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All Articles For Decency and Order

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“As Christian discipline is of a spiritual nature, and exempts no one from civil trial or punishment by the authorities, so also besides civil punishment there is need of ecclesiastical censures, to reconcile the sinner with the church and his neighbor and to remove the offense out of the church of Christ.”—Article 71, D.K.O. “The Lord Jesus Christ hath instituted Church Discipline, in order to remove scandals, and prevent their unhappy effects; and no church can, without the faithful and spiritual application of it, hope for His countenance and blessing.”—R.P. Testimony “The impartial and prudent exercise of Church Discipline is...

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One of the oldest customs in Reformed Churches is the practice of preaching once a Sunday from the Heidelberg Catechism. It is said that the practice began as early as 1566. Twelve years later the Synod of Dordt decided that after the Lord’s Supper had been served on Sunday afternoons the minister should proceed to preach on the Catechism as usual but it was not until 1586 that a synodical decision governing this matter was incorporated into the Church Order. At that time the Synod of ‘s Gravenhage adopted the following: “The ministers shall everywhere on Sunday, ordinarily in the...

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The content of Article 71 of our Church Order is contained in two separate articles in the 1956 proposed revision of the Church Order by the Christian Reformed Church. These articles read: “Art. 71—Christian discipline is spiritual discipline and exempts no one from civil trial and punishment; nor does action by the civil authorities exempt one from discipline by the church. “Art. 72—The purpose of Christian discipline is the maintenance of God’s honor, the restoration of the sinner, and the removal of offence from the church of Christ.” Substantially these two articles are the same as Article 71 of our...

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“In the churches only the 150 Psalms of David, the Ten Commandments, the Lord’s Prayer, the Twelve Articles of Faith, the Songs of Mary, Zacharias and Simeon, the Morning and Evening Hymns, and the Hymn of Prayer before the sermon shall be sung.”(Article 69, D.K.O.) The Christian Reformed redaction of this article of the Church Order is as follows: “In the churches only the 150 Psalms of David and the collection of hymns for church use, approved and adopted by Synod, shall be sung. However, while the singing of the Psalms in divine worship is a requirement, the use of...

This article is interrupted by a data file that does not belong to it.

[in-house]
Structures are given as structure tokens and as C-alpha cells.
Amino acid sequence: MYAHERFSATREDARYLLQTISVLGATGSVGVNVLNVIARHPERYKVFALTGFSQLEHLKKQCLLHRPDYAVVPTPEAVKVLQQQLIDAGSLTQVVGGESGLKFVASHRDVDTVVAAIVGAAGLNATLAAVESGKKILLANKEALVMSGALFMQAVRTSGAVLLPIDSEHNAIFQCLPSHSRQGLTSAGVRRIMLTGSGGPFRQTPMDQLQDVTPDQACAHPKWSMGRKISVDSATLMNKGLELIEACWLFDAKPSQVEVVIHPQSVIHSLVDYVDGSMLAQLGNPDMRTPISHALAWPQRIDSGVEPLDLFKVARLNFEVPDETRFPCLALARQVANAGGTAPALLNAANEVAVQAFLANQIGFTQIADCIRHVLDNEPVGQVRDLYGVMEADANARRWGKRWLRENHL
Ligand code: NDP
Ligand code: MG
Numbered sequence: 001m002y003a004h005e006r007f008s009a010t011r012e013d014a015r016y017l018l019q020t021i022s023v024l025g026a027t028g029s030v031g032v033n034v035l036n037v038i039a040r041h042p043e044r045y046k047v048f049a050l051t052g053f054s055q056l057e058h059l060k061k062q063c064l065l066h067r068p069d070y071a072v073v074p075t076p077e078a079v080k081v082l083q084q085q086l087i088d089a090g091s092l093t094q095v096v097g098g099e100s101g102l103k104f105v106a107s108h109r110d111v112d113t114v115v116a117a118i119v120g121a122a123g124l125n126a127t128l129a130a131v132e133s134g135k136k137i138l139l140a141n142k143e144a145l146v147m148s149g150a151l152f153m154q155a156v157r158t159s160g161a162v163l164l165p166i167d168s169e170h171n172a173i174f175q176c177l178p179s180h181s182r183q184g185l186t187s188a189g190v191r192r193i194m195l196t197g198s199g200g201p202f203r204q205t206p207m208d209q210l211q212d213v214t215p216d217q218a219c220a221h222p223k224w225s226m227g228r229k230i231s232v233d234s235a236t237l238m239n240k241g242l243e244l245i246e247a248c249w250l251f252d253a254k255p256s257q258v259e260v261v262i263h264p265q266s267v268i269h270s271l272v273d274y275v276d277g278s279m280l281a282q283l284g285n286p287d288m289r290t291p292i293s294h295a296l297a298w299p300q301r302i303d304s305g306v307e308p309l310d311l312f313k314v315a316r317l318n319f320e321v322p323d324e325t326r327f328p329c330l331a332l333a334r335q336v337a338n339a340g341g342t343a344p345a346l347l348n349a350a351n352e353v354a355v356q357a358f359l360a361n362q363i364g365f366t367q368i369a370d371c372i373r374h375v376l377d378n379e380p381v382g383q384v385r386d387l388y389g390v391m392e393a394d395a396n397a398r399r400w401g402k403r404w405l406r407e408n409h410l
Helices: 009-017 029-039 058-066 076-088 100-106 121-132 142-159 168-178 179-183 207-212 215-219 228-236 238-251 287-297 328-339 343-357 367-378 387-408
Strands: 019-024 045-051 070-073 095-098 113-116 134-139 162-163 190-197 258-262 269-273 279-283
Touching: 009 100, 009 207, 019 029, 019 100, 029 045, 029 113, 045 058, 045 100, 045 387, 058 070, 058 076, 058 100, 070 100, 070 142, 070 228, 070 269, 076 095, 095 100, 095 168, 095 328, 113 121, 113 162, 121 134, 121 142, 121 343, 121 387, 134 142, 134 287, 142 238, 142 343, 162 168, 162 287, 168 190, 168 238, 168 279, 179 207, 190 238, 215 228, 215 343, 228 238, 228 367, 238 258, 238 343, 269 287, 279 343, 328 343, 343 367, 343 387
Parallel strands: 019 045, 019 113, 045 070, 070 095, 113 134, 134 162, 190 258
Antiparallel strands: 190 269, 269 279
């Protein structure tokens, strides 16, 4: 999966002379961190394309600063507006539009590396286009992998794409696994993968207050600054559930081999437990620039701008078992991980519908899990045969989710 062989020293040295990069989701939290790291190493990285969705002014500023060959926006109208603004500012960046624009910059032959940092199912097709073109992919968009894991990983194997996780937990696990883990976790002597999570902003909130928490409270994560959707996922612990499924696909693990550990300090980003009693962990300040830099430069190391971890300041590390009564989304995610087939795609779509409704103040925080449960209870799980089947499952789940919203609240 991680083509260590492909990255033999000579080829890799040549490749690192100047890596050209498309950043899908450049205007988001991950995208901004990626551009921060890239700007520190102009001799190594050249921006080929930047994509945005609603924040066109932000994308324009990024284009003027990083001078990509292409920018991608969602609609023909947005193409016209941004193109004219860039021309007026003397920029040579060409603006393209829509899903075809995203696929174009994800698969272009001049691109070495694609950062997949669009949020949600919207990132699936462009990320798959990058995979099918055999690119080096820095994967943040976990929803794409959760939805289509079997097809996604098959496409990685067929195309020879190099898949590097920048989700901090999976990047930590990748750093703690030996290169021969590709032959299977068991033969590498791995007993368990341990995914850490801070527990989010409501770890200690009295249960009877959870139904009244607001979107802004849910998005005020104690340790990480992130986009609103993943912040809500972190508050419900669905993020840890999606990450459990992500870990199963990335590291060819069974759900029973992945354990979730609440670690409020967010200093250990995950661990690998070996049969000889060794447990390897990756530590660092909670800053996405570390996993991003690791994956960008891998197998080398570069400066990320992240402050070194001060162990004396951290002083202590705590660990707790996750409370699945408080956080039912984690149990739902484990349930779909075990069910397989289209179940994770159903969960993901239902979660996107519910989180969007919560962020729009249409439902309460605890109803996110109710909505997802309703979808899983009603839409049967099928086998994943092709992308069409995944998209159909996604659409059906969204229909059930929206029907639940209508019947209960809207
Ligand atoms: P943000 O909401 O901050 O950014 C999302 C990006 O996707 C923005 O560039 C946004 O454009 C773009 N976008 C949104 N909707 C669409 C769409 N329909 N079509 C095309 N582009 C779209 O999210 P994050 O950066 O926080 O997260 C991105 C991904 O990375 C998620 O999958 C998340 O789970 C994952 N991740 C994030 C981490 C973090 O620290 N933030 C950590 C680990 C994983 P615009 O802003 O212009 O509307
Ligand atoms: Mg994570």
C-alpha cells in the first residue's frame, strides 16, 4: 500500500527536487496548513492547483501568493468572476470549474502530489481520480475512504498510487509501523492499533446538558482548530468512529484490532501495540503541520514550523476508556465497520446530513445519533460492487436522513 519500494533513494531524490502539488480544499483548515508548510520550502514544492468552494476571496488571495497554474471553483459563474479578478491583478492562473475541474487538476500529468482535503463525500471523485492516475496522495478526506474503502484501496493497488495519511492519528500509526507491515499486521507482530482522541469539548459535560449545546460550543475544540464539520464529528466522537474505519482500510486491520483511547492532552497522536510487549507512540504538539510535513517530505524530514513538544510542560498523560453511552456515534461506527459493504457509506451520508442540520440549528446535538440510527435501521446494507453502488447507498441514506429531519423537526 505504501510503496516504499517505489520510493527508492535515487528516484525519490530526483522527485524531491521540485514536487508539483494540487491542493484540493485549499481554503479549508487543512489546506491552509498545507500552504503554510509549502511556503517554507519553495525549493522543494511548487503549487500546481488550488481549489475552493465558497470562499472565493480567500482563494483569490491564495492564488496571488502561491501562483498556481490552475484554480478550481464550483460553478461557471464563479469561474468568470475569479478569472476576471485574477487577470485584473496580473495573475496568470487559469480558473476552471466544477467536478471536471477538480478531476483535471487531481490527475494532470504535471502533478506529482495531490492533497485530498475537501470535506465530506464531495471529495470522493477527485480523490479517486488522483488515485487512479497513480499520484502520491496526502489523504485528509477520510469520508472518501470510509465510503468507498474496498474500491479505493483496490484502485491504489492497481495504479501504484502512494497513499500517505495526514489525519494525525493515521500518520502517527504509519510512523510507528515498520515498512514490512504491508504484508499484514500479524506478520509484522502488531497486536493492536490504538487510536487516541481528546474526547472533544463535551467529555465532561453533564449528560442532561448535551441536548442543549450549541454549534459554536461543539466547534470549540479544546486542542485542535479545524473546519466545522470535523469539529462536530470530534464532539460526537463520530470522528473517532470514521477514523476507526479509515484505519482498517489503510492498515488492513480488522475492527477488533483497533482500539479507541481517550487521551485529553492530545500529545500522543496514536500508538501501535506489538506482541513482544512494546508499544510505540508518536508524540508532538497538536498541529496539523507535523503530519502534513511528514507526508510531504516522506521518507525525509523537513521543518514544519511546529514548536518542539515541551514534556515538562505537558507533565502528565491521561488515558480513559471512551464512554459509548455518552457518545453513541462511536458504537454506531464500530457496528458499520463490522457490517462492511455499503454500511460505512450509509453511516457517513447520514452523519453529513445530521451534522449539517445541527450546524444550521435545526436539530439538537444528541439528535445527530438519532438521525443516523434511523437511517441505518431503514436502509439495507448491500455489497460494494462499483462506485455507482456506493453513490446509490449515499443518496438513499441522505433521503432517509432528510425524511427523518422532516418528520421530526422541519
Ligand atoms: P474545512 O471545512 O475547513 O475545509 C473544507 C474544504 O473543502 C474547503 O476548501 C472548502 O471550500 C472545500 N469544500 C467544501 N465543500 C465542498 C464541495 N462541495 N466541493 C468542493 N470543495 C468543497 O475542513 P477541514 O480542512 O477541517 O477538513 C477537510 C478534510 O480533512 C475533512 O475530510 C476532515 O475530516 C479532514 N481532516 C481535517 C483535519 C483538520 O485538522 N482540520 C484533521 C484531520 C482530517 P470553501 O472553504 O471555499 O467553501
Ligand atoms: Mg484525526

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For nearly four hundred years the Reformed churches have followed the established practice of preaching from the Heidelberg Catechism. Although this practice has been criticized and by some even regarded as undesirable, the common objections that have been raised have little merit. The objection that catechism preaching is not preaching of the Word we have already considered and found to be untrue. On the contrary, when the truths of the Word of God are preached according to the systematic arrangement of the Catechism, the church will be instructed and built up in the knowledge of the truth far more effectively...

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Adult Baptism  A practical problem that arises in connection with the administration of adult baptism concerns the age limit where infant baptism ceases and the subject of baptism must be treated as an adult. A very significant difference in infant and adult baptism lies in the fact that in the former the parents assume the responsibility for the covenant instruction and training of the child that is baptized while in the latter the subject of baptismhimself assumes these baptismal obligations. His baptism follows upon his confession of faith.

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Upon whom is the labor of ecclesiastical discipline and censure to be applied? This question is of significance, not only to those who are entrusted with the responsibilities of this labor, but also because the effectiveness of the work is determined by its being performed upon the proper object. Discipline applied unnecessarily (i.e. unlawfully) loses its effectiveness as a power from Christ, binding on earth and in heaven, and discipline neglected cannot be a force removing offense from the church and reconciling the sinner to the church. Reformed Churches have never accepted the notion and practice of the Roman Catholics...

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The Historical Argument The matter of hymns and the various questions relating to the feasibility of introducing them in the worship services of our churches, as is currently being considered, is nothing new, Although the question of revising Article 69 of the Church Order has not been proposed before in our ecclesiastical assemblies, the subject of hymns has been freely discussed and the desire to have them openly expressed. As soon as seven and eight years after the origin of our churches (this was during the time that the Christian Reformed Church adopted the hymnal for use in said church)...

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